a) Recruit, train, and "interview" part-time assistants.
They'll know all the ins and outs of your business, right?
Then they should be just as capable when it comes time to find
more "hired help." Even though the final hiring decision will
be yours to make, this person can act as a "preliminary
interviewer," screen applicants, or scout new help that will
be reliable, skillful, and competent.
b) Help YOU with important business decisions.
This depends on the depth of knowledge that you allow them (or
require them) to have.
c) Help keep your costs low.
Although this assistant will have an in-depth knowledge of the
workings of your business, you won't have to pay them as a
full-time employee unless you specifically hire them as such.
This way, you'll still have all the benefits of "temporary
ownership" in case of emergency, and also be able to save
money by not paying them an hourly wage.
5. WHEN YOU TAKE BREAKS, *REALLY* TAKE BREAKS!
When you fix lunch, don't come back to the computer. Fix it, and
turn on the T.V. to watch your favorite sitcom. Or, grab a book
and curl up by the fireplace (or the air conditioner in the
Summer!), to read a few chapters of that great novel you got from
Whatever you do, just get away from your work! If you don't feel
"productive" during work hours unless you're exercising your
brain, go to the supermarket for one of those great variety
puzzle books and go for the gold. In short, make sure breaks are
REALLY for resting -- not just for getting out of the physical
vicinity of your work area.
6. ELIMINATE CONSTANT TELEPHONE DISTRACTIONS.
I know how annoying it is to be in the middle of an important
project, stop to take a phone call -- then totally forget what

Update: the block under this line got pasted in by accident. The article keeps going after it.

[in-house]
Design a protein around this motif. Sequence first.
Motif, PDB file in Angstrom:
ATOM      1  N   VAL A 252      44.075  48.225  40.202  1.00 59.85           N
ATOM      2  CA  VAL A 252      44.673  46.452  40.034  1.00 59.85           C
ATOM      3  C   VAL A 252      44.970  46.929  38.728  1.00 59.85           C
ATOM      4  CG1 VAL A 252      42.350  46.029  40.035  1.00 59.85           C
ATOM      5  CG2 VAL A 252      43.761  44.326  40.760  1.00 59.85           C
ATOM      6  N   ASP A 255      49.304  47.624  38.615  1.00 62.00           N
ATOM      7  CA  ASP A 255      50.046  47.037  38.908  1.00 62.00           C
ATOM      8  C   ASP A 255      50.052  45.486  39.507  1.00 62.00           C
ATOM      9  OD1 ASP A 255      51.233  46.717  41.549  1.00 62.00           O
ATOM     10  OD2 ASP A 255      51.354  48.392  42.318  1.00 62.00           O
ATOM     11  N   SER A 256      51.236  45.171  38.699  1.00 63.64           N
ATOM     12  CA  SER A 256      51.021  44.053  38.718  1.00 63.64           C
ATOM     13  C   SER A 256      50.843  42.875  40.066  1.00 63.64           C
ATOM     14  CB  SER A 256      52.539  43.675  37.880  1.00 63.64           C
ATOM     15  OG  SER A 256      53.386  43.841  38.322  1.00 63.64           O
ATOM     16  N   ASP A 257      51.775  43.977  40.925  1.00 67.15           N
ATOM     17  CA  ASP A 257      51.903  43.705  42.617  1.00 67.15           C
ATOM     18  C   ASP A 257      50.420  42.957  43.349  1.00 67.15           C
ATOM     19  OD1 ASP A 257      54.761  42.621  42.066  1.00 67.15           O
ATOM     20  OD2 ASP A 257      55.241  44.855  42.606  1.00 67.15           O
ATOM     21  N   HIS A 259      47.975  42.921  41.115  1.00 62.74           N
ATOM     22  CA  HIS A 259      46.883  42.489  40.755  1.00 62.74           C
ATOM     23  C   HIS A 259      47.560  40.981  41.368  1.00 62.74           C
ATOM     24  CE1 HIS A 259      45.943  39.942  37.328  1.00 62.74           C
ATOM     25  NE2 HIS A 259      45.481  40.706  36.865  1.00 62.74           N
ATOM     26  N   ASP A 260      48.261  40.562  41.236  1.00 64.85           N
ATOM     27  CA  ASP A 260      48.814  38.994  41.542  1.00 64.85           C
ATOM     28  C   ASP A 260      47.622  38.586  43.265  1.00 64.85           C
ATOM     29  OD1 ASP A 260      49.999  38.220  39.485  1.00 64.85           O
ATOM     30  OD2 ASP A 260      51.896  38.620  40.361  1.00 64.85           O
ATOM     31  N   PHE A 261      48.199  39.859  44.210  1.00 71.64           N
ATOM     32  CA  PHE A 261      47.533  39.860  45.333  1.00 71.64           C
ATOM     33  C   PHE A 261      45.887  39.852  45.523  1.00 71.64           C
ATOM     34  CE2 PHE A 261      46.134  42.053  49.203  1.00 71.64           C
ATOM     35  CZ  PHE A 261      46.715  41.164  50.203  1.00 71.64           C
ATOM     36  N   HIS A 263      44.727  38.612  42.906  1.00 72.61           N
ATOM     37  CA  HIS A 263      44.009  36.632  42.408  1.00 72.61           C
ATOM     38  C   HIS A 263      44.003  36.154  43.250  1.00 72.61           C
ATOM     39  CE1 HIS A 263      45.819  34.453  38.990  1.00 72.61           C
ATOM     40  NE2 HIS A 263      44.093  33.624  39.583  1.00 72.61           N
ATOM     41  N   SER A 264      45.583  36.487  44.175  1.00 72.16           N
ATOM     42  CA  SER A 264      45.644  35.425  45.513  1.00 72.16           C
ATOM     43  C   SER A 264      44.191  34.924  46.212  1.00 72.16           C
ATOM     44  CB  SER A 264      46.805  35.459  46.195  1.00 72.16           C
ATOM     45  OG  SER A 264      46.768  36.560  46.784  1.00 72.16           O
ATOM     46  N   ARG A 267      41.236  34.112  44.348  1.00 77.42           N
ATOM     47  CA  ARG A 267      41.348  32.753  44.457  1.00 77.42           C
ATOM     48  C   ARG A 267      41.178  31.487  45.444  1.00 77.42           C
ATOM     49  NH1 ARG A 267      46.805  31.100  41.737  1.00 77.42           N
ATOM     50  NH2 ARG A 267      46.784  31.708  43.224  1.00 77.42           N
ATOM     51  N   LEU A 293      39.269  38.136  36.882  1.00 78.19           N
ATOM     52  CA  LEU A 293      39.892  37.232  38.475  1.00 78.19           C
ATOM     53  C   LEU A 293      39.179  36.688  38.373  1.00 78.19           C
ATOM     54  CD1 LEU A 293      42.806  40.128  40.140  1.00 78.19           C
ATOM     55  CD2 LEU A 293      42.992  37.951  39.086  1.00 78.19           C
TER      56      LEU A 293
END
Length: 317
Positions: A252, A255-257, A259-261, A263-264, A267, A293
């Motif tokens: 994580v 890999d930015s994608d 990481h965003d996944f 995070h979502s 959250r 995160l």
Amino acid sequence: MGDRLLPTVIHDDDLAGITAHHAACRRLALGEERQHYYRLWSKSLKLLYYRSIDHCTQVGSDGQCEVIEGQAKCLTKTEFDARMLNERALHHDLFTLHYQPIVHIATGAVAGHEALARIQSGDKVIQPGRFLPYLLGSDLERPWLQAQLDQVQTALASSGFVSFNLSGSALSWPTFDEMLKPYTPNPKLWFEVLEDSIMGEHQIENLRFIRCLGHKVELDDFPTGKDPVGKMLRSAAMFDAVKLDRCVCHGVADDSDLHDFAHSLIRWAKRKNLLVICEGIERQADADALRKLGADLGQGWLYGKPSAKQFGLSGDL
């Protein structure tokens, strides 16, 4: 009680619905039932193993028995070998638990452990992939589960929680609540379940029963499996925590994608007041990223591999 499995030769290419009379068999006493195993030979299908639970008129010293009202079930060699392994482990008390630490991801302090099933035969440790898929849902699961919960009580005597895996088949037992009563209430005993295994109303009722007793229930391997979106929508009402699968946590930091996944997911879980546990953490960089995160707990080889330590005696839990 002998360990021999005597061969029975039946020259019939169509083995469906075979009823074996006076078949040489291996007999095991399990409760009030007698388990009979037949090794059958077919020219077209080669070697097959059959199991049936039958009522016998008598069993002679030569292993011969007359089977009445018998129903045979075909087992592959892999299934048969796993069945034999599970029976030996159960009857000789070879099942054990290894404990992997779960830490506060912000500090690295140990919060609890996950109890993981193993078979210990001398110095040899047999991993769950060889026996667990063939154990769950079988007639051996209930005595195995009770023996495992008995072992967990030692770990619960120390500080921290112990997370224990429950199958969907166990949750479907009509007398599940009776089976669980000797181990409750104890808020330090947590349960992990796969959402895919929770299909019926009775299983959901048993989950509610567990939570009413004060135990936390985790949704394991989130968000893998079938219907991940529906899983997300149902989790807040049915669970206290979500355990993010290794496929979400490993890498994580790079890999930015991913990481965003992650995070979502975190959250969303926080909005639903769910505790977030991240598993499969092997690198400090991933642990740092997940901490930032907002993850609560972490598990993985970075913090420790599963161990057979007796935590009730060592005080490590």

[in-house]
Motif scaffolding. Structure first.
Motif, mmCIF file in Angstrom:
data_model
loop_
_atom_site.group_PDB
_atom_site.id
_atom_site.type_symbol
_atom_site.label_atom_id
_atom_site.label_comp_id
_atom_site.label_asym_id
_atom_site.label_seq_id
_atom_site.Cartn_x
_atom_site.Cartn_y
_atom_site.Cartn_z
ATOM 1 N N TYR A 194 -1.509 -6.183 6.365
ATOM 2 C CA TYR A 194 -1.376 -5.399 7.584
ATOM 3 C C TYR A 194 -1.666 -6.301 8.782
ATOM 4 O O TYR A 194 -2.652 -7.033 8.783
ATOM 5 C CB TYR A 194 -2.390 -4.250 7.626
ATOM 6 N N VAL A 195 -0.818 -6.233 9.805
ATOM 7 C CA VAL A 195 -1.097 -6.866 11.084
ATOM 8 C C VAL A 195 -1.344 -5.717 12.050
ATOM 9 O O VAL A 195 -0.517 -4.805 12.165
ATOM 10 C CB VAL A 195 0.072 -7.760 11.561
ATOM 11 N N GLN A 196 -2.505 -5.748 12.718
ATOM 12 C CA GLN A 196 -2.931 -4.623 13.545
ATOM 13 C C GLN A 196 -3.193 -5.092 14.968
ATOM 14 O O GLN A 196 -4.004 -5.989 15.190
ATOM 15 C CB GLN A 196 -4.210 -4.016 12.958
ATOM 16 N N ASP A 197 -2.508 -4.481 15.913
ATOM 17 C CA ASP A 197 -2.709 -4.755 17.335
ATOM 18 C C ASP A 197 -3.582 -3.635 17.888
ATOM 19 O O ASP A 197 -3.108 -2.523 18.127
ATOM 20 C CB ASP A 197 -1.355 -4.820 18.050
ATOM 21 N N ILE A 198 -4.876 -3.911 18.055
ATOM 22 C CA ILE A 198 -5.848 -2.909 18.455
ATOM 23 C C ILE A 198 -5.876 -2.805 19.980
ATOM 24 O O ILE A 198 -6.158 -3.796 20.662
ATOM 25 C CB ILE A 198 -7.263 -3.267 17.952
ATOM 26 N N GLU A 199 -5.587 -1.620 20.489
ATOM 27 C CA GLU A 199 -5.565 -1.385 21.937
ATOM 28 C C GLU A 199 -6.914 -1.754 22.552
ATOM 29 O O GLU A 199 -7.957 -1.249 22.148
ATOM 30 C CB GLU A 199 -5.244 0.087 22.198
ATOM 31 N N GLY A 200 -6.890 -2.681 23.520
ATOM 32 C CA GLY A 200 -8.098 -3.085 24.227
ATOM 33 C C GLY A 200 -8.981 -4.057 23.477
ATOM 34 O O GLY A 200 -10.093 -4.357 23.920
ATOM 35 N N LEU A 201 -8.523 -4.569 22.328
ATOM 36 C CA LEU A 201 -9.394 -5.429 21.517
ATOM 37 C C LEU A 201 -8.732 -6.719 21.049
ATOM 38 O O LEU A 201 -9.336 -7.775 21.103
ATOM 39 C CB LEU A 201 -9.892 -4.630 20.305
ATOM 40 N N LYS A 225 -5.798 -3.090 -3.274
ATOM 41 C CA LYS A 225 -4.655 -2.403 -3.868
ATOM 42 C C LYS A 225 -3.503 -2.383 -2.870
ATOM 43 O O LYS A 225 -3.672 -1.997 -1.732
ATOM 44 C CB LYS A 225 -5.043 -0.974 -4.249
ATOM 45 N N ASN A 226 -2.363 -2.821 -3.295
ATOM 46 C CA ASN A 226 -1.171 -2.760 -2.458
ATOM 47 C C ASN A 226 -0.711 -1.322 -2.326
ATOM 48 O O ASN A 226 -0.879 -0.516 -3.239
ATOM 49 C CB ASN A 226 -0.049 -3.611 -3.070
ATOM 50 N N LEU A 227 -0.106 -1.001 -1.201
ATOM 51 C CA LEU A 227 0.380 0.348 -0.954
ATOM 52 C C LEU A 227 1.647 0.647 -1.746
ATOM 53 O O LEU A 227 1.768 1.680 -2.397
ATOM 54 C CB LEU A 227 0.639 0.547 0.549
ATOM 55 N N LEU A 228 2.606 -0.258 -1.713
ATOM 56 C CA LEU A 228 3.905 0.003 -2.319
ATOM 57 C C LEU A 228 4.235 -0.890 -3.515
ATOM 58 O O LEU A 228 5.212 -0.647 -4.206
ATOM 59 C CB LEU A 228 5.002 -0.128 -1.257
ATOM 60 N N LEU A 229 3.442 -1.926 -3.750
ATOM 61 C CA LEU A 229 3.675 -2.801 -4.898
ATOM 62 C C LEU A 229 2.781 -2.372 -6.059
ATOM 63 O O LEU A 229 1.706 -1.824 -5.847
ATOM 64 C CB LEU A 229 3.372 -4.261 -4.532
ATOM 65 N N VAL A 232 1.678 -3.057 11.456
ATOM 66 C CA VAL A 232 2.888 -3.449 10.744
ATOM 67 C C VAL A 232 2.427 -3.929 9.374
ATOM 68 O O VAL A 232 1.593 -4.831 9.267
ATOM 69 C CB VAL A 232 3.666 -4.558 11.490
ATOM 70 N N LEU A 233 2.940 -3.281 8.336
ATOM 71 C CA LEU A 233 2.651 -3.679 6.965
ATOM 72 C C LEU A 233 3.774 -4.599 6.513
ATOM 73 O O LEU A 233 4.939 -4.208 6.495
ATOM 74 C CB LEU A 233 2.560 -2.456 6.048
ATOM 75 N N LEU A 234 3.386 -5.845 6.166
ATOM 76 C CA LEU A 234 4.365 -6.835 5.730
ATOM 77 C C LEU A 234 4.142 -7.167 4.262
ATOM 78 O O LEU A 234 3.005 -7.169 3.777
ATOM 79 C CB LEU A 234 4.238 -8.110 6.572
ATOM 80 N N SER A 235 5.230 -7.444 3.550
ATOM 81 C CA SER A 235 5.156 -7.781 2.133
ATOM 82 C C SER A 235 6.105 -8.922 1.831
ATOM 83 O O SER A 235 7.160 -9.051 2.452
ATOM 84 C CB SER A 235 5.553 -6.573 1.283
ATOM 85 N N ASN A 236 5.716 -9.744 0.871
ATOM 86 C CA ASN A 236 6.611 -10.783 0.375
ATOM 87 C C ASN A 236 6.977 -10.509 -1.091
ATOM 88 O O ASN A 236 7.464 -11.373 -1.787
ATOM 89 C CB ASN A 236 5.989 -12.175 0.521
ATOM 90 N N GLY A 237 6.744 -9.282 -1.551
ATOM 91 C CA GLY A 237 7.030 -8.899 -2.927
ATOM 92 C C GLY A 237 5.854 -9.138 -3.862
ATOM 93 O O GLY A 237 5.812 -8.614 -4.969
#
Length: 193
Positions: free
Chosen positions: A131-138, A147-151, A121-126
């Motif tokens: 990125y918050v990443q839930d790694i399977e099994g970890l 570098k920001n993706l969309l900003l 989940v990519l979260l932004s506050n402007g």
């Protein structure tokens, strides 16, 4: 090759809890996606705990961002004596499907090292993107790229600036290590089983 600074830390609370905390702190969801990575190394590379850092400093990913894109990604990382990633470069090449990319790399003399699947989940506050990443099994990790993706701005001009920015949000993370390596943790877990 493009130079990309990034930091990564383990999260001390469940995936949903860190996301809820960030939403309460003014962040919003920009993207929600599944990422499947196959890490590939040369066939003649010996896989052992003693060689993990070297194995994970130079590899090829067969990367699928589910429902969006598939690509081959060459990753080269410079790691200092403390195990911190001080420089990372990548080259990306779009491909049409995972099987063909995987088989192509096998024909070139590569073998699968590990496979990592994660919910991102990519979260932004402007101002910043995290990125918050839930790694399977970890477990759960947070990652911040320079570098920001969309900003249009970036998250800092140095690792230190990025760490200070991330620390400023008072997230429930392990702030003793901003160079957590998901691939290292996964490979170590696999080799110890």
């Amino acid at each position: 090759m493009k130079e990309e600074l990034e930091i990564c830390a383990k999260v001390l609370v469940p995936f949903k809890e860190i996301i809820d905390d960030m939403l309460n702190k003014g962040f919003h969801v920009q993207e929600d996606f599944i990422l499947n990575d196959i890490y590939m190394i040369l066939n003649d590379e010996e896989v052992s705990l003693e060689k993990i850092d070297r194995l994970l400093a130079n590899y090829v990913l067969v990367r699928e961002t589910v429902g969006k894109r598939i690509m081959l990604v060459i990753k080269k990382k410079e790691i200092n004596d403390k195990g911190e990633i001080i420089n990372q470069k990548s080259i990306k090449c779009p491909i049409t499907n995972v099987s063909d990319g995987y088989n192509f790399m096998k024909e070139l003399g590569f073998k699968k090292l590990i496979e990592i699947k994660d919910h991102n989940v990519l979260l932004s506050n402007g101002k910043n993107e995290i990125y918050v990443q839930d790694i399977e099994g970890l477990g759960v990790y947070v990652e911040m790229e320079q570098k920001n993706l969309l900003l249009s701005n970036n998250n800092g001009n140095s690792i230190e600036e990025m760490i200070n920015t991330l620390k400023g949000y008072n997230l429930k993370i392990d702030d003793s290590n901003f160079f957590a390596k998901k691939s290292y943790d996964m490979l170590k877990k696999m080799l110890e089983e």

you were doing when you stopped to take the call. And, not only
is it frustrating, it can also be time-consuming.
Eliminate distractions, (and the embarrassment of jumping out of
your skin in fright when the phone rings), by using an automated
messaging service or live operator. Instead of listing your home
office phone number on your website, list the number of the 24
hour service to answer all your calls.
7. LEARN WHEN IT'S BEST TO SAY "NO."
You can't be all things to all people, and it's foolhardy to try.
Enjoying helping people is one thing, but stressing yourself out
by taking on too many responsibilities is another. Any reasonable
person will understand that running a business is stressful, and
will also understand that you just can't do it all.
If the person gets upset or bad-mouths you to other marketers
because you declined their offer, that's the kind of person you
wouldn't have wanted to have any dealings with anyway. And in
both cases, you still come out on top, and life goes on.
8. TAKE AT LEAST ONE VACATION PER YEAR.
If you were working any other full-time job, you'd be entitled to
vacation time after working "x" amount of hours. So, when you own
your own business, this should be even more applicable as it's
generally harder work.
Whether you're alone or with friends or family, make sure that
your vacation STAYS a vacation by not taking ANY work with you
on the trip. Don't take any work-related "reading material,"
don't take your lap-top with you to "work on that new website,"
don't do newsletter issues, and don't make any business calls!
Even if your vacation is nothing but a relocation to another area
of the house for a week, it's one of the only times you're able
to take time out that's exclusively for YOU. Don't ruin that or
interfere with it by working through your break.
ABOUT THE AUTHOR
Harmony Major is the author of Yahoo! Secrets, where she reveals
how YOU can drive HUNDREDS more visitors to your site each day,
by getting a #1 listing on Yahoo. Don't just settle for "getting
listed." Use her instantly-effective tactics to boost your site
traffic with a TOP Yahoo listing! Visit: http://YahooSecrets.com